De Vos as Canadian champ in 2021.

Once a champion, always a champion with a rider holding the stripes on the sleeves of their jersey throughout their career.

“That’s something that is on every rider’s bucket list,” he adds. “It’s such a unique part of cycling. We’ve had a lot of success here and now we have so many different nationalities in the team, it’s going to be very exciting to have everyone racing at home and hopefully we can come away with as many titles as possible.” 

Road race men, June 25 | Edmonton, Alberta (216km) Hilly
Adam de Vos
Charles-Étienne Chrétien
Pier-André Coté
Ben Perry 


Rest of the world

As well as North America, Human Powered Health Cycling athletes are also competing in Asia and across Europe. 

Starting in Japan, Eri Yonamine returns home looking to win road title number six to take her overall tally to twelve. A route entirely enclosed inside the Izu Cycle Centre – the host of the 2020 Tokyo Olympic Games cycling events – Yonamine will hope her experience counts on her quest for gold.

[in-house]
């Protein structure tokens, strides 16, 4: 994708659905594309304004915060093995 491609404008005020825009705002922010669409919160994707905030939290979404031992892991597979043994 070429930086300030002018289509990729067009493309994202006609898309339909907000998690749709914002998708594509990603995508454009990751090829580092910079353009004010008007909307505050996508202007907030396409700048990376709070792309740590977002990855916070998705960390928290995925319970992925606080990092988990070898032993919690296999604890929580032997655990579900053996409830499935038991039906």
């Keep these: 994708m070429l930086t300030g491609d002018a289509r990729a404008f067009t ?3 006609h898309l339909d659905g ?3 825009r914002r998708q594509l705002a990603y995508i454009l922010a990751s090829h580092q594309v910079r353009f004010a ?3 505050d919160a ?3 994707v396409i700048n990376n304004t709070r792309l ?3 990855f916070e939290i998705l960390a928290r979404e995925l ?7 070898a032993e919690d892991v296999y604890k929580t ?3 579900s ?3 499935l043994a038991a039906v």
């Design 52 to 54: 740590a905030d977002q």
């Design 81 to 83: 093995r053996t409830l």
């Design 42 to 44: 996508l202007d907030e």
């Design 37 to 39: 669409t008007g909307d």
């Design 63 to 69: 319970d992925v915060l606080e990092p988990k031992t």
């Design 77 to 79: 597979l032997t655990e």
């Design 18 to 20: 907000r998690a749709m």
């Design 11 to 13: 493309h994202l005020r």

Back in Europe, having scored the silver medal earlier in the week in the time trial, Audrey Cordon-Ragot will mount a defense of her French national title on a challenging course around Cassel. 

Cordon-Ragot enters the race as one of the favorites, but time trial champion Cédrine Kerbaol (CERATIZIT-WNT Pro Cycling) and Gladys Verhulst (FDJ – SUEZ) will be the riders to beat.

The mountains are calling at numerous championships, most notably in Italy, where Barbara Malcotti competes and Sebastian Schönberger’s Austria. But, flat races can also be found in the form of the Belgian, German and Hungarian championships, the latter where Barnabás Peák is a hot favorite, as one of a handful of WorldTour/ProTour riders.

These races more often than not suit the all-rounder types who aren’t afraid to climb. Alice Barnes, Matt Gibson and Paul Double will hope they’ve packed their climbing legs on the way to North Yorkshire as the men’s race has a cumulative elevation of 4,000 meters with the women climbing more than 2,000 meters

A similarly hilly course can be found in Sandnes, Norway – where Kristian Aasvold, August Jensen and Embret Svestad-Bårdseng all compete.

After the United States, the largest contingent of riders can be found in the Netherlands. Departing from its usual parcours around the Vam-berg – which will instead host the European road race championships this August –  five athletes will compete on the hilly course in Sittard.